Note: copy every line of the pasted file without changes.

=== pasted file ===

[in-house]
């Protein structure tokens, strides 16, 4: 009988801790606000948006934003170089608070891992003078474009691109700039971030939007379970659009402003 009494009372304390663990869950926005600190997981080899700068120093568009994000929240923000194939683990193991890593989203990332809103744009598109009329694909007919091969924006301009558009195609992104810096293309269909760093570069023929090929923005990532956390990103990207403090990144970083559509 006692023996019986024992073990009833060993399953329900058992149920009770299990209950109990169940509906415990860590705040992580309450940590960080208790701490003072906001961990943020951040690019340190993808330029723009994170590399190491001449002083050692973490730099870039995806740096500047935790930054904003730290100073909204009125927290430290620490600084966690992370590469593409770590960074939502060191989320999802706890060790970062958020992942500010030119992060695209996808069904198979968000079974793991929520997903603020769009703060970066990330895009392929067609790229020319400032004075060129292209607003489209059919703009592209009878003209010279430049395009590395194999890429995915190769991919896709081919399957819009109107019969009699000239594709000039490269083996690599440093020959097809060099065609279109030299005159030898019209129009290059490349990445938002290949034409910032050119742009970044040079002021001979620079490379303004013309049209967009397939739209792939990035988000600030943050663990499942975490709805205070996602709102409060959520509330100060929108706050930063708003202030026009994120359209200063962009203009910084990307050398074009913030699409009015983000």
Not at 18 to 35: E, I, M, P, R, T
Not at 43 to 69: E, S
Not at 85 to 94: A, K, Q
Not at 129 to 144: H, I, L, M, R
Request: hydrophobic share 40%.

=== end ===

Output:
[in-house]
């Protein structure tokens, strides 16, 4: 009988801790606000948006934003170089608070891992003078474009691109700039971030939007379970659009402003 009494009372304390663990869950926005600190997981080899700068120093568009994000929240923000194939683990193991890593989203990332809103744009598109009329694909007919091969924006301009558009195609992104810096293309269909760093570069023929090929923005990532956390990103990207403090990144970083559509 006692023996019986024992073990009833060993399953329900058992149920009770299990209950109990169940509906415990860590705040992580309450940590960080208790701490003072906001961990943020951040690019340190993808330029723009994170590399190491001449002083050692973490730099870039995806740096500047935790930054904003730290100073909204009125927290430290620490600084966690992370590469593409770590960074939502060191989320999802706890060790970062958020992942500010030119992060695209996808069904198979968000079974793991929520997903603020769009703060970066990330895009392929067609790229020319400032004075060129292209607003489209059919703009592209009878003209010279430049395009590395194999890429995915190769991919896709081919399957819009109107019969009699000239594709000039490269083996690599440093020959097809060099065609279109030299005159030898019209129009290059490349990445938002290949034409910032050119742009970044040079002021001979620079490379303004013309049209967009397939739209792939990035988000600030943050663990499942975490709805205070996602709102409060959520509330100060929108706050930063708003202030026009994120359209200063962009203009910084990307050398074009913030699409009015983000």
Not at 18 to 35: E, I, M, P, R, T
Not at 43 to 69: E, S
Not at 85 to 94: A, K, Q
Not at 129 to 144: H, I, L, M, R
Request: hydrophobic share 40%.